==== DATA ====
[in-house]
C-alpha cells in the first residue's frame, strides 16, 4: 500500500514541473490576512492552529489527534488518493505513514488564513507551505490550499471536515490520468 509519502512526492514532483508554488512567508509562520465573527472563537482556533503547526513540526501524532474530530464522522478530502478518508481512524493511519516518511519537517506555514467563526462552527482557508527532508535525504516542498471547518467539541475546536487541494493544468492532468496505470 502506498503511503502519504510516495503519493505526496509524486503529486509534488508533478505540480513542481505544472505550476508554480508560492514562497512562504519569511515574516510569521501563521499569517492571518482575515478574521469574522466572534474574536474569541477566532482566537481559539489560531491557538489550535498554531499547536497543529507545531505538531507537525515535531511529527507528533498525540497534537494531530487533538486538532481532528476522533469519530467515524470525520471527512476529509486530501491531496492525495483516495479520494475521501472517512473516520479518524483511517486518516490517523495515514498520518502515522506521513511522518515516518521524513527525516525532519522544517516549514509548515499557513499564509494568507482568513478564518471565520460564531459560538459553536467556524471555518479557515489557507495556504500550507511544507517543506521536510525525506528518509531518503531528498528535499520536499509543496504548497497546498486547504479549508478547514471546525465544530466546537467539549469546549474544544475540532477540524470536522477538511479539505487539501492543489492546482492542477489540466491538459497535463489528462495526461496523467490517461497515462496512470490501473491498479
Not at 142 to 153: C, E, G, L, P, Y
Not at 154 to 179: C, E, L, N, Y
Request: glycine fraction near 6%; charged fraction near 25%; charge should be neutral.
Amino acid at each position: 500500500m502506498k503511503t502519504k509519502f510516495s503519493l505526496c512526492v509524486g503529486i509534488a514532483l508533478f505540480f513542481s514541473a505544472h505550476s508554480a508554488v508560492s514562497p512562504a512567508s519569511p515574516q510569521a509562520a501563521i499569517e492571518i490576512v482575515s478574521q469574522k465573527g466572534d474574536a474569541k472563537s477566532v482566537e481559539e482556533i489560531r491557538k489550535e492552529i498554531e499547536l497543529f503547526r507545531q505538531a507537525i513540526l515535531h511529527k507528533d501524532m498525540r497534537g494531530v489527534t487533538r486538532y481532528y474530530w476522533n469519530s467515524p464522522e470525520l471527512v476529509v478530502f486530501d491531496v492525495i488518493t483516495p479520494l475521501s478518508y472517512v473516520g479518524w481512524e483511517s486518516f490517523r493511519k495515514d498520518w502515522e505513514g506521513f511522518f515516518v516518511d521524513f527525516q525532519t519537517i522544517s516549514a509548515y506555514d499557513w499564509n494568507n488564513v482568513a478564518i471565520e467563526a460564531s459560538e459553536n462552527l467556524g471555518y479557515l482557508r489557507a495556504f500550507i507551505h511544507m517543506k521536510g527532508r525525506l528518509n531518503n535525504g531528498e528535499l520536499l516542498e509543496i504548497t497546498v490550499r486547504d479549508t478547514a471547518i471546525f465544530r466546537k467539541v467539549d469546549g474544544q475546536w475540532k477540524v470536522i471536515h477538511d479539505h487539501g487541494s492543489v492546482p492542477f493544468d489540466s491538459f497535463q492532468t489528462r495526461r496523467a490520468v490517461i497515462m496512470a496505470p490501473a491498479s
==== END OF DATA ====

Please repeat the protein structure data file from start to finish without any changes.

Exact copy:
[in-house]
C-alpha cells in the first residue's frame, strides 16, 4: 500500500514541473490576512492552529489527534488518493505513514488564513507551505490550499471536515490520468 509519502512526492514532483508554488512567508509562520465573527472563537482556533503547526513540526501524532474530530464522522478530502478518508481512524493511519516518511519537517506555514467563526462552527482557508527532508535525504516542498471547518467539541475546536487541494493544468492532468496505470 502506498503511503502519504510516495503519493505526496509524486503529486509534488508533478505540480513542481505544472505550476508554480508560492514562497512562504519569511515574516510569521501563521499569517492571518482575515478574521469574522466572534474574536474569541477566532482566537481559539489560531491557538489550535498554531499547536497543529507545531505538531507537525515535531511529527507528533498525540497534537494531530487533538486538532481532528476522533469519530467515524470525520471527512476529509486530501491531496492525495483516495479520494475521501472517512473516520479518524483511517486518516490517523495515514498520518502515522506521513511522518515516518521524513527525516525532519522544517516549514509548515499557513499564509494568507482568513478564518471565520460564531459560538459553536467556524471555518479557515489557507495556504500550507511544507517543506521536510525525506528518509531518503531528498528535499520536499509543496504548497497546498486547504479549508478547514471546525465544530466546537467539549469546549474544544475540532477540524470536522477538511479539505487539501492543489492546482492542477489540466491538459497535463489528462495526461496523467490517461497515462496512470490501473491498479
Not at 142 to 153: C, E, G, L, P, Y
Not at 154 to 179: C, E, L, N, Y
Request: glycine fraction near 6%; charged fraction near 25%; charge should be neutral.
Amino acid at each position: 500500500m502506498k503511503t502519504k509519502f510516495s503519493l505526496c512526492v509524486g503529486i509534488a514532483l508533478f505540480f513542481s514541473a505544472h505550476s508554480a508554488v508560492s514562497p512562504a512567508s519569511p515574516q510569521a509562520a501563521i499569517e492571518i490576512v482575515s478574521q469574522k465573527g466572534d474574536a474569541k472563537s477566532v482566537e481559539e482556533i489560531r491557538k489550535e492552529i498554531e499547536l497543529f503547526r507545531q505538531a507537525i513540526l515535531h511529527k507528533d501524532m498525540r497534537g494531530v489527534t487533538r486538532y481532528y474530530w476522533n469519530s467515524p464522522e470525520l471527512v476529509v478530502f486530501d491531496v492525495i488518493t483516495p479520494l475521501s478518508y472517512v473516520g479518524w481512524e483511517s486518516f490517523r493511519k495515514d498520518w502515522e505513514g506521513f511522518f515516518v516518511d521524513f527525516q525532519t519537517i522544517s516549514a509548515y506555514d499557513w499564509n494568507n488564513v482568513a478564518i471565520e467563526a460564531s459560538e459553536n462552527l467556524g471555518y479557515l482557508r489557507a495556504f500550507i507551505h511544507m517543506k521536510g527532508r525525506l528518509n531518503n535525504g531528498e528535499l520536499l516542498e509543496i504548497t497546498v490550499r486547504d479549508t478547514a471547518i471546525f465544530r466546537k467539541v467539549d469546549g474544544q475546536w475540532k477540524v470536522i471536515h477538511d479539505h487539501g487541494s492543489v492546482p492542477f493544468d489540466s491538459f497535463q492532468t489528462r495526461r496523467a490520468v490517461i497515462m496512470a496505470p490501473a491498479s